Lough Conway facts for kids
Quick facts for kidsLough Conway
|Primary inflows||Shannon–Erne Waterway|
|Primary outflows||Shannon–Erne Waterway|
|Surface area||0.05 km2 (0.019 sq mi) est.|
|Max. depth||6 m (20 ft) est.|
The origin of the lake name is unknown, but (Irish: Loch Conbhuí) has the meaning "Conway’s Lake".
Lough Conway is located in Kiltubbrid parish in the county Leitrim. It connects with Drumaleague Lough by a 0.8 kilometres (0.5 mi) navigable stretch of the Shannon–Erne Waterway. This elliptical shaped very lake is small, covering a surface-area of about 0.06 square kilometres (0.0 sq mi) and measures 350 metres (1,148.3 ft) from the north-east to south-west shore, with 140 metres (459.3 ft) wide.
Fish present in Lough Conway include Pike. The pike population is the "native Irish strain" (Irish: liús meaning 'Irish Pike') not the other European Pike strain (Irish: gailliasc meaning 'strange or foreign fish'). The ecology of Lough Conway, and other county Leitrim waterways, are threatened by zebra mussel and other invasive species.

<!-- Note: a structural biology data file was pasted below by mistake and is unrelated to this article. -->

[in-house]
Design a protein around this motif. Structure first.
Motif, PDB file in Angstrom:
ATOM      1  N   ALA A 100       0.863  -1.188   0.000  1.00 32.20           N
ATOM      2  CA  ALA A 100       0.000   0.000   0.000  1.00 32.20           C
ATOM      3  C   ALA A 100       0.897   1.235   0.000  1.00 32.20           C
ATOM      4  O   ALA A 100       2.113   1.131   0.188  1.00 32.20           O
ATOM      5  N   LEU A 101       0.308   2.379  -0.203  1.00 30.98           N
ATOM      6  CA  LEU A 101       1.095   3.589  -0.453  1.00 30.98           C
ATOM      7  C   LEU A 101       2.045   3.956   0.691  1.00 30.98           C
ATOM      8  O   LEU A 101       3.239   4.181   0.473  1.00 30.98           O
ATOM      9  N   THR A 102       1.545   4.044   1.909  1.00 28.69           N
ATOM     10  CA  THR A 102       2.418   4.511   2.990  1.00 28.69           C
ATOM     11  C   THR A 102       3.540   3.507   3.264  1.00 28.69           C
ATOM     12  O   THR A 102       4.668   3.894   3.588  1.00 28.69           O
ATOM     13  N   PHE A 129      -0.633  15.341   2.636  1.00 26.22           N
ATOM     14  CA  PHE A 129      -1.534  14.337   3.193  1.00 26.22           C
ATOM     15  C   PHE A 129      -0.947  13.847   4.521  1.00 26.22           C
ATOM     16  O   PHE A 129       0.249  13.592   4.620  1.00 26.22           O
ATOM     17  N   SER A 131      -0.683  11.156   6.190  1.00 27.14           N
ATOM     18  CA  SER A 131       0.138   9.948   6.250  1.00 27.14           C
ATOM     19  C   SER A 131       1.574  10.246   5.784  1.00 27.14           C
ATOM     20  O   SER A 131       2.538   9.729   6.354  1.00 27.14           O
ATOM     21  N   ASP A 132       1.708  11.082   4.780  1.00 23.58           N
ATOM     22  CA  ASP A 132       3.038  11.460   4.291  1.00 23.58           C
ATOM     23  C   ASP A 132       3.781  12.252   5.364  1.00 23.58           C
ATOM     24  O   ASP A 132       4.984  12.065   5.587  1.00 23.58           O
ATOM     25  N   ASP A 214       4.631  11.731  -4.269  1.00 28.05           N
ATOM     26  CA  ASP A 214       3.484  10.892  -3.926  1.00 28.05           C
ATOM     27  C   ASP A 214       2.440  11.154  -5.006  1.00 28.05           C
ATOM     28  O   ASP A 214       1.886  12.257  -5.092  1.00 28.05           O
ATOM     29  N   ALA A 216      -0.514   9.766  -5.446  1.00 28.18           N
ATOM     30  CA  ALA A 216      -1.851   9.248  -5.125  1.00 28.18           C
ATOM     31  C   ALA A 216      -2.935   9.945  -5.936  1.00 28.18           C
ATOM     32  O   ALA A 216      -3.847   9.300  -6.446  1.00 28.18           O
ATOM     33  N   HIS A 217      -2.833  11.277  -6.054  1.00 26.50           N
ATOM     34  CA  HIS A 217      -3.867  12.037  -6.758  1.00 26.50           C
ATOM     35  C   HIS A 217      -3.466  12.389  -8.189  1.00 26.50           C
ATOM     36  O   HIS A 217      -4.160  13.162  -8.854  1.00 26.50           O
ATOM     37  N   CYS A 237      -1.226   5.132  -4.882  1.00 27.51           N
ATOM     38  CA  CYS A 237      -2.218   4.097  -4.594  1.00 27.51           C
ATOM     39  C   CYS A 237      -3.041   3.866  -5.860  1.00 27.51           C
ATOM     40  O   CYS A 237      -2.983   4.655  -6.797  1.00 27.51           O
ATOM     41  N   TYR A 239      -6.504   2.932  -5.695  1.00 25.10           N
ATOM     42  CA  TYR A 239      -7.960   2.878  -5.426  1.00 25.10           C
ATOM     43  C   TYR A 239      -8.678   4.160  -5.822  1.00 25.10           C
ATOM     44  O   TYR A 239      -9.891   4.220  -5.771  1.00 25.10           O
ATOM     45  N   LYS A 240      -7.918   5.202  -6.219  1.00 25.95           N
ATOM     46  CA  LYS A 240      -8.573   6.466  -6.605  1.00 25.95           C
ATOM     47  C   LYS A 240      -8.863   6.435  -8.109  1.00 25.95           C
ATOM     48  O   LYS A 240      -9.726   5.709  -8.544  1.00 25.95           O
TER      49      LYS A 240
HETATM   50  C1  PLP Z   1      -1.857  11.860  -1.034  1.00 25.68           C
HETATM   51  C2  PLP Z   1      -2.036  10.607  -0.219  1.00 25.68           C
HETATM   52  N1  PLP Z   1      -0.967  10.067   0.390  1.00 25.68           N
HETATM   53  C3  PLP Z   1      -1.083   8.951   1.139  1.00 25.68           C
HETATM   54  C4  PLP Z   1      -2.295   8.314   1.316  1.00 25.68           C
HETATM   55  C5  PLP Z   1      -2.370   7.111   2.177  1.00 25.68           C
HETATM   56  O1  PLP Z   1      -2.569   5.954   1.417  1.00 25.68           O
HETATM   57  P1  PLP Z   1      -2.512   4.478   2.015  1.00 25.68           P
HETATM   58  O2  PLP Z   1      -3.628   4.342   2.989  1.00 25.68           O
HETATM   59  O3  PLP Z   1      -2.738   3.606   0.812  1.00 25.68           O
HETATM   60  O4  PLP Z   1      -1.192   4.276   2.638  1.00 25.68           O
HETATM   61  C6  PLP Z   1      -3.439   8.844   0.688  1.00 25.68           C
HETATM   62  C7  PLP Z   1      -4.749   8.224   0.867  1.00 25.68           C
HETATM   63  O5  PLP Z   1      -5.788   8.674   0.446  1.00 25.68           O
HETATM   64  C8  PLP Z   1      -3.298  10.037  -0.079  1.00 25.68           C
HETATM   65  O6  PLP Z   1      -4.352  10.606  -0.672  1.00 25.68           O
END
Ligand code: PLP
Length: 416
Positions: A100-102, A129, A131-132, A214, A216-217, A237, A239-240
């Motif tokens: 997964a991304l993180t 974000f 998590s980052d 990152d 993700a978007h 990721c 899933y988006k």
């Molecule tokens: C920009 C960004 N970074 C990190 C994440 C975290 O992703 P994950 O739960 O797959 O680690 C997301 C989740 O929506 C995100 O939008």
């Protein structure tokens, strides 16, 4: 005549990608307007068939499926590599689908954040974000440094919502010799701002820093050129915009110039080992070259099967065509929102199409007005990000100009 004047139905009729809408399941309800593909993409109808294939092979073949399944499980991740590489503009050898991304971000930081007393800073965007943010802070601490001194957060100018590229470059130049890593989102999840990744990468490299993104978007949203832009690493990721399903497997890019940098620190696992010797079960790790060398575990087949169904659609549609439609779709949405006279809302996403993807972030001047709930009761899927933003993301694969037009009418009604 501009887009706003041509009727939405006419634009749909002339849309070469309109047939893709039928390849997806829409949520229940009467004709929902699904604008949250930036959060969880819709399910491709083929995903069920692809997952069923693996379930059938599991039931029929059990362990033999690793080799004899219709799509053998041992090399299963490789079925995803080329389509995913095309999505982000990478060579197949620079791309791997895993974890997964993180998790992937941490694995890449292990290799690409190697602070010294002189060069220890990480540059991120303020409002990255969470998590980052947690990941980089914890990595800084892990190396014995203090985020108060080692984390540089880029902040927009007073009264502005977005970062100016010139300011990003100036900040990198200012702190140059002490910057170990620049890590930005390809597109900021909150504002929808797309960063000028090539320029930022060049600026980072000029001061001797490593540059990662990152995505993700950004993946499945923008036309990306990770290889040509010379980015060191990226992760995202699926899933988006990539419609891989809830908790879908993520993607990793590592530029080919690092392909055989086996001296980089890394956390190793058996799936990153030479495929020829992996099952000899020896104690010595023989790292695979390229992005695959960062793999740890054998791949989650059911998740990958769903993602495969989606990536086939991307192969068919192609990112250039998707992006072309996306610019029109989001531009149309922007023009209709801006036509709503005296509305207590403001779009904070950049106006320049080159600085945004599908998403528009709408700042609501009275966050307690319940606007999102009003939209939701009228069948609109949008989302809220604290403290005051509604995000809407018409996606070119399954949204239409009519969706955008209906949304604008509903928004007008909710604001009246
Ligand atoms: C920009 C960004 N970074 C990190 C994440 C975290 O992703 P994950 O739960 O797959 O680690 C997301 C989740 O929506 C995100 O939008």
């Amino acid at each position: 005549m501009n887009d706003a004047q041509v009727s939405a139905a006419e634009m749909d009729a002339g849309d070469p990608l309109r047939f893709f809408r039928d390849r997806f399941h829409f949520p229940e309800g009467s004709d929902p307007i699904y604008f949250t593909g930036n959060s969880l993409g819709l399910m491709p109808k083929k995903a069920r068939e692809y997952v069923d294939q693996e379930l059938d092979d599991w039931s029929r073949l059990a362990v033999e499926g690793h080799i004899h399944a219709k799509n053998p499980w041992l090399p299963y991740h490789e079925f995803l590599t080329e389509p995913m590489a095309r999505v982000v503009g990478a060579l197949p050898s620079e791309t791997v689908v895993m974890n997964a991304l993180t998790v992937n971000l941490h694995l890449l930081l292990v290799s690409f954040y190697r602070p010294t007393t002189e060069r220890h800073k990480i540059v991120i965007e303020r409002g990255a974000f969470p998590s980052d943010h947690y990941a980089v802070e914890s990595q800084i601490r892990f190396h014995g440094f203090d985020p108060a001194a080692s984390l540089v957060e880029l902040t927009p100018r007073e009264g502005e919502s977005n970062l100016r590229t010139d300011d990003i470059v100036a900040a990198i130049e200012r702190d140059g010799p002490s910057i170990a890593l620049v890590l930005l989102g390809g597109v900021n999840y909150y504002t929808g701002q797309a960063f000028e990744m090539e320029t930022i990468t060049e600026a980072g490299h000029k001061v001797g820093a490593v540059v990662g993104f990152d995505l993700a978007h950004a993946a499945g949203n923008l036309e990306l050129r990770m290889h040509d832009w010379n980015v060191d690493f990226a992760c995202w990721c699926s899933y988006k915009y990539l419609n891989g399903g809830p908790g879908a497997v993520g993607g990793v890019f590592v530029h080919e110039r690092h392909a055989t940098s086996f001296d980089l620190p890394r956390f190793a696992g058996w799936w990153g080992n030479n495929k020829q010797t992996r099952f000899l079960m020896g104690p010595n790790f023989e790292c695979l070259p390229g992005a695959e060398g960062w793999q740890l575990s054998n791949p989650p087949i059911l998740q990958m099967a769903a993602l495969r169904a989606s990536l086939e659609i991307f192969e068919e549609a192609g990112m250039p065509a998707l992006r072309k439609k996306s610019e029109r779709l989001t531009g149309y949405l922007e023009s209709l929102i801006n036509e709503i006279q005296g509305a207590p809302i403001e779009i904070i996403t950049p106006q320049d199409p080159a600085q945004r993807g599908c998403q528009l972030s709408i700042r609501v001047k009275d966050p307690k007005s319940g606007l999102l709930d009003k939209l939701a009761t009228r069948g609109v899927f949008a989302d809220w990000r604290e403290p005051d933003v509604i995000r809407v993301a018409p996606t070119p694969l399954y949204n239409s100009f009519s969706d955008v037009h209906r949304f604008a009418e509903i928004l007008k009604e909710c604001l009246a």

From at least the 18th century a sluice was used to reserve a water supply from Lough Conway for the nearby Corn Mill situated on Kilclaremore townland. This corn mill was "very useful to the inhabitants of the district", so c. 1845 – c. 1853 the branch drain between "Ulster Canal" and Lough Conway was improved. The corn mill closed in the 20th century.
The primary human settlements near Lough Conway are the surrounding townlands of Kilclaremore and Drumruekill to the west, Loughconway to the north, and Kilclaremore on the south.
Lough Conway Facts for Kids. Kiddle Encyclopedia.